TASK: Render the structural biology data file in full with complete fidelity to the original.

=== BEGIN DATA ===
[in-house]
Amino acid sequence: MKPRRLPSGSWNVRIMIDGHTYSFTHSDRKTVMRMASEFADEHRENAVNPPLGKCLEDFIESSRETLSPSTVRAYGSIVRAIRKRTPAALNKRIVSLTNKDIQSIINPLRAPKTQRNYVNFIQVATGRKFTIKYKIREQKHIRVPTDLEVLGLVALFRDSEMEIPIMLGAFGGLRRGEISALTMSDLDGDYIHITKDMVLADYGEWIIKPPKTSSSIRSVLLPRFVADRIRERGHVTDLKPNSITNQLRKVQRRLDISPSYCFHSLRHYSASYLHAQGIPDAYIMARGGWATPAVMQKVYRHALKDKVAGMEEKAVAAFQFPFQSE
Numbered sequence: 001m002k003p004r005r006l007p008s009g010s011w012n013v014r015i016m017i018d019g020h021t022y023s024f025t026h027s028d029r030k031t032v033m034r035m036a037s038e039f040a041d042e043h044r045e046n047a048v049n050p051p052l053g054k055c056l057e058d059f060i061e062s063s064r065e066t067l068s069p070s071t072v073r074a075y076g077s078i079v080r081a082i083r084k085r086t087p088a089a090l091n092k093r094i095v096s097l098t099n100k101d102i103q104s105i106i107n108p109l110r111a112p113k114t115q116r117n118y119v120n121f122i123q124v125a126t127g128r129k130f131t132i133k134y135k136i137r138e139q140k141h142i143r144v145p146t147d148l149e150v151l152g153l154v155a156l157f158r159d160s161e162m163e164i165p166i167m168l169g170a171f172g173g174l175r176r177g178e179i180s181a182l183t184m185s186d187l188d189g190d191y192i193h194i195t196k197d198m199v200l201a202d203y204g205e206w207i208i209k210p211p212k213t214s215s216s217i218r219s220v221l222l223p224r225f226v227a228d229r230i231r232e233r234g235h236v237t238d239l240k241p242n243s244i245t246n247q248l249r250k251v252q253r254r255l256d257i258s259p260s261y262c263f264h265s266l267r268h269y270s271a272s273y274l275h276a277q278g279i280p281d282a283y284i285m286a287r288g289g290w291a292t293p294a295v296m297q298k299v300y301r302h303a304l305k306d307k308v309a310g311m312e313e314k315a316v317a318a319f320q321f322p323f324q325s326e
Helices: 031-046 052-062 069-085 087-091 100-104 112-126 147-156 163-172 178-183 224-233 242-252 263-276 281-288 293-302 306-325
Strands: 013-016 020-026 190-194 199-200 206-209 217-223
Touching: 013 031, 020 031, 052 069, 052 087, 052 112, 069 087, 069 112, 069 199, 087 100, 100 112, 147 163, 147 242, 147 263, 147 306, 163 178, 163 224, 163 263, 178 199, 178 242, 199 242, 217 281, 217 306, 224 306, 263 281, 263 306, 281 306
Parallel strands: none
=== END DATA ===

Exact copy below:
[in-house]
Amino acid sequence: MKPRRLPSGSWNVRIMIDGHTYSFTHSDRKTVMRMASEFADEHRENAVNPPLGKCLEDFIESSRETLSPSTVRAYGSIVRAIRKRTPAALNKRIVSLTNKDIQSIINPLRAPKTQRNYVNFIQVATGRKFTIKYKIREQKHIRVPTDLEVLGLVALFRDSEMEIPIMLGAFGGLRRGEISALTMSDLDGDYIHITKDMVLADYGEWIIKPPKTSSSIRSVLLPRFVADRIRERGHVTDLKPNSITNQLRKVQRRLDISPSYCFHSLRHYSASYLHAQGIPDAYIMARGGWATPAVMQKVYRHALKDKVAGMEEKAVAAFQFPFQSE
Numbered sequence: 001m002k003p004r005r006l007p008s009g010s011w012n013v014r015i016m017i018d019g020h021t022y023s024f025t026h027s028d029r030k031t032v033m034r035m036a037s038e039f040a041d042e043h044r045e046n047a048v049n050p051p052l053g054k055c056l057e058d059f060i061e062s063s064r065e066t067l068s069p070s071t072v073r074a075y076g077s078i079v080r081a082i083r084k085r086t087p088a089a090l091n092k093r094i095v096s097l098t099n100k101d102i103q104s105i106i107n108p109l110r111a112p113k114t115q116r117n118y119v120n121f122i123q124v125a126t127g128r129k130f131t132i133k134y135k136i137r138e139q140k141h142i143r144v145p146t147d148l149e150v151l152g153l154v155a156l157f158r159d160s161e162m163e164i165p166i167m168l169g170a171f172g173g174l175r176r177g178e179i180s181a182l183t184m185s186d187l188d189g190d191y192i193h194i195t196k197d198m199v200l201a202d203y204g205e206w207i208i209k210p211p212k213t214s215s216s217i218r219s220v221l222l223p224r225f226v227a228d229r230i231r232e233r234g235h236v237t238d239l240k241p242n243s244i245t246n247q248l249r250k251v252q253r254r255l256d257i258s259p260s261y262c263f264h265s266l267r268h269y270s271a272s273y274l275h276a277q278g279i280p281d282a283y284i285m286a287r288g289g290w291a292t293p294a295v296m297q298k299v300y301r302h303a304l305k306d307k308v309a310g311m312e313e314k315a316v317a318a319f320q321f322p323f324q325s326e
Helices: 031-046 052-062 069-085 087-091 100-104 112-126 147-156 163-172 178-183 224-233 242-252 263-276 281-288 293-302 306-325
Strands: 013-016 020-026 190-194 199-200 206-209 217-223
Touching: 013 031, 020 031, 052 069, 052 087, 052 112, 069 087, 069 112, 069 199, 087 100, 100 112, 147 163, 147 242, 147 263, 147 306, 163 178, 163 224, 163 263, 178 199, 178 242, 199 242, 217 281, 217 306, 224 306, 263 281, 263 306, 281 306
Parallel strands: none